In the Gospel of Luke, the Ascension of Our Lord is described in just four short verses.
Actually, all the descriptions of the Ascension are brief, offering little commentary on the meaning or method of Jesus’ final appearance to the disciples. Perhaps this is one reason why renowned theologian Dr. Scott Hahn calls the Ascension “one of the most underrated feasts in the liturgical year.”
As the Church’s Easter season continues to progress towards the Feast of the Ascension of Our Lord, we are presented with the chance to explore the beautiful and profound implication of Jesus’ return to the Father and the role it plays in our salvation.
What Are We Celebrating On the Feast of the Ascension?
At its core, the Ascension signifies a transition of the Risen Christ to that of Christ Exalted. Is there really a difference between the two? Yes!
In the forty days after His resurrection, Jesus spent time with His disciples in His resurrected body. While His risen flesh had supernatural abilities—it could pass through physical matter such as locked doors—His glory remained veiled.
It is only when Jesus takes His place at the right hand of the Father in Heaven that He truly becomes exalted, an honor that had long been foretold by the prophets of the Old Testament.
Jesus Himself made allusion to the difference between His risen and ascended flesh when He encountered Mary Magdalene outside the tomb:
Jesus said to her, “Do not hold me, for I have not yet ascended to the Father…”John 20:17
Jesus calls specific attention to the fact that something additional is coming—that all is not yet fulfilled.
This should indicate to us, as well, that the Paschal Mystery of Jesus—God’s plan of salvation as fulfilled through His Son Jesus—does not end with the Resurrection. In fact, the Paschal Mystery contains four key events: Jesus’ Passion, His Death, His Resurrection, and the Ascension. Our Salvation is not complete without the Ascension.
Why? Here is the incredible significance of the Ascension: it is the inauguration of the Messiah’s kingdom. After Jesus receives His throne, He receives dominion over all of creation.
Jesus Himself told us what this dominion entails:
“I, when I am lifted up from the earth, will draw all men to myself.””John 12:32
What Is Jesus Doing Up in Heaven?
We may wonder what is happening up in heaven. What does Jesus do in His exalted body?
Christ Our Lord is in the presence of God with the marks of his slaying still upon him, his redemptive sacrifice presented everlastingly…They are splendid, those wounds; but wounds they are, pleading irresistibly for the salvation of every one of us.
In heaven, then, Christ presents himself, once slain, now Lord over death, to God for our redemption. In the Mass this breaks through to the altars of earth. The same Christ, through the priest he has empowered, offers the same self once slain now truly present on the altar, to the same God, for the redemption of all. And in this action, all the members of his Body are privileged to have their part.Frank Sheed, To Know Christ Jesus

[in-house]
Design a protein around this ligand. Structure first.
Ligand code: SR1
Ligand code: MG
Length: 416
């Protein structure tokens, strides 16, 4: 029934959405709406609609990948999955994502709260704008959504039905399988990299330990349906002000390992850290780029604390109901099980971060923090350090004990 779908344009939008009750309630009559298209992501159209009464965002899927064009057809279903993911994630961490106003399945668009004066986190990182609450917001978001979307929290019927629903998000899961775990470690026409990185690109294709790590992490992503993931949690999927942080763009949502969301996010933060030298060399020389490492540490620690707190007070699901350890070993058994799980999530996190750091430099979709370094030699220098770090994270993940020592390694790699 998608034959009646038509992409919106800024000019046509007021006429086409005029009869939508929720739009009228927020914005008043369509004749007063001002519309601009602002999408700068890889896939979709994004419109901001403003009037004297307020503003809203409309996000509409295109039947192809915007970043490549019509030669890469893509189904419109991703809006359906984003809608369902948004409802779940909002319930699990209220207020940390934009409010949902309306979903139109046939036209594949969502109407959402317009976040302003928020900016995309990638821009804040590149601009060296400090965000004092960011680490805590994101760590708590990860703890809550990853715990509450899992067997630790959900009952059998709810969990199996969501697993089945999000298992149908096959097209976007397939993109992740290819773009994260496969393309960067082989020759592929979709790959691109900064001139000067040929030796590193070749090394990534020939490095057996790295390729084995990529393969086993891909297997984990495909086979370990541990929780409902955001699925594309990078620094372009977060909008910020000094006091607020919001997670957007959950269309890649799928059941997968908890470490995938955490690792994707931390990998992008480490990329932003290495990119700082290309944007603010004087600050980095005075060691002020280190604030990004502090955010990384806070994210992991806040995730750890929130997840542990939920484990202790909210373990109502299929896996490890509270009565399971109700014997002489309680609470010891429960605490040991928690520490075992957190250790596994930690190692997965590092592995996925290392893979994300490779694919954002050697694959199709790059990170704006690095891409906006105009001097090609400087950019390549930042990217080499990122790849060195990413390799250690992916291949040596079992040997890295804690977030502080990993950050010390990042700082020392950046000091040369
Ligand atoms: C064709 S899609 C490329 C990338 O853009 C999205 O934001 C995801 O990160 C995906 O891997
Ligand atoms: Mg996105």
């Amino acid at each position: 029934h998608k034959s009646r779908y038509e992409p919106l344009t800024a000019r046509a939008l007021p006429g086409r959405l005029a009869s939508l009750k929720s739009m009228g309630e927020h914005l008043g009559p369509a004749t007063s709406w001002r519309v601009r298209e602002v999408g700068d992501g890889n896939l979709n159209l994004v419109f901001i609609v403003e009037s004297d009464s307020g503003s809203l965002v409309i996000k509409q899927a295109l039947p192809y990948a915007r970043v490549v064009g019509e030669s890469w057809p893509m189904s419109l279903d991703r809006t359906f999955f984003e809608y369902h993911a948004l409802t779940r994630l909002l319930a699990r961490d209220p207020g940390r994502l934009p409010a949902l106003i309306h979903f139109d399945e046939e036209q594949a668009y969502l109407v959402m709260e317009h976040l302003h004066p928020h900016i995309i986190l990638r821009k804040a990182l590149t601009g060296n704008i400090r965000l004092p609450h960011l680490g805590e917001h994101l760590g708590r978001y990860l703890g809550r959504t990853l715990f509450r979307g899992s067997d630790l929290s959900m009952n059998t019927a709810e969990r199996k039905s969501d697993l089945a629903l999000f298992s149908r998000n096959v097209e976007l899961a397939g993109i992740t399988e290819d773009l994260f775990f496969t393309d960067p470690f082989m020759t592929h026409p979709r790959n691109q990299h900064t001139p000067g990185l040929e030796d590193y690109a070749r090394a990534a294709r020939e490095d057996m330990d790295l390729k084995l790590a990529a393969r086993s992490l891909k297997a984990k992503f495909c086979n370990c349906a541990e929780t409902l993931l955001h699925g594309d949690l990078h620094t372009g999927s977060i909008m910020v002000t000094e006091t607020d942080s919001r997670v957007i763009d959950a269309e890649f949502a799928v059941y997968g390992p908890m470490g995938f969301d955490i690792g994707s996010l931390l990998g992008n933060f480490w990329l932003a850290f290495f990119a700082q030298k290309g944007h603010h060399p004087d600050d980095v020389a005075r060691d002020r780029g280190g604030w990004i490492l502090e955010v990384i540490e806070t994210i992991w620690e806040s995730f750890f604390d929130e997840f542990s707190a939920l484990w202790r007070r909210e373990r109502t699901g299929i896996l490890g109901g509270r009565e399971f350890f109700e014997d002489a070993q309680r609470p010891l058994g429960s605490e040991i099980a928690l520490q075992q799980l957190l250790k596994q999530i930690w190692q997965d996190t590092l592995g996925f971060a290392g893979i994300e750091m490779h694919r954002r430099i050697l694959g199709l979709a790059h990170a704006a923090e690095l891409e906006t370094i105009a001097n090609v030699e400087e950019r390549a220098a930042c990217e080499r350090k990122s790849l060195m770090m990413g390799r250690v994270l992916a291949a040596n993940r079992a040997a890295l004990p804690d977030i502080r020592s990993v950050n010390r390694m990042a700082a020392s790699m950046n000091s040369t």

In other words, the Ascension gives us Jesus as our permanent Intercessor. It is only through this event that we may have the hope that one day we too may “go to the Father.”
Just as our priests offer the Holy Sacrifice of the Mass here on earth, interceding for us so that we might receive Christ’s body and blood, Jesus is our Great High Priest interceding for us in heaven.
There [in heaven] Christ permanently exercises his priesthood, for he “always lives to make intercession” for “those who draw near to God through him”. As “high priest of the good things to come” he is the center and the principal actor of the liturgy that honors the Father in heaven.The Catechism of the Catholic Church, 662
The beauty of this is striking.
Jesus, knowing that our fallen humanity prevented us from entering heaven, allowed Himself to be lifted onto a wooden cross to die a horrific, painful, humiliating death and bring about our redemption.
In a similar way, He was once again lifted up—this time to the Heavenly Kingdom—where He continually intercedes for us, giving us the opportunity to one day enter heaven to be with Him forever.
It is through this lens that we can understand why the temporary farewell of the Ascension was a joyful occasion rather than a tearful goodbye. The climax of the Paschal Mystery should awaken joy in our hearts, just as it did for the Apostles.
Then he led them out as far as Bethany, and lifting up his hands he blessed them. While he blessed them, he parted from them and was carried up into heaven. And they worshiped him, and returned to Jerusalem with great joy, and were continually in the temple blessing God.Luke 24:50-53
May we, too, worship with the same joy and fervor as the Apostles, for Jesus has entered the heavenly sanctuary as “high priest of the good things that have come” (Hebrews 9:11).
With God’s plan for salvation fulfilled, let us be joyful and humble, drawing ever nearer to the Messiah Who, by His death, offers everlasting life.
Is the Ascension a feast that mystified you—and was this article helpful in explaining it?
How does this feast impact your understanding of the Faith?
We’d love to hear any of your thoughts in the comments below!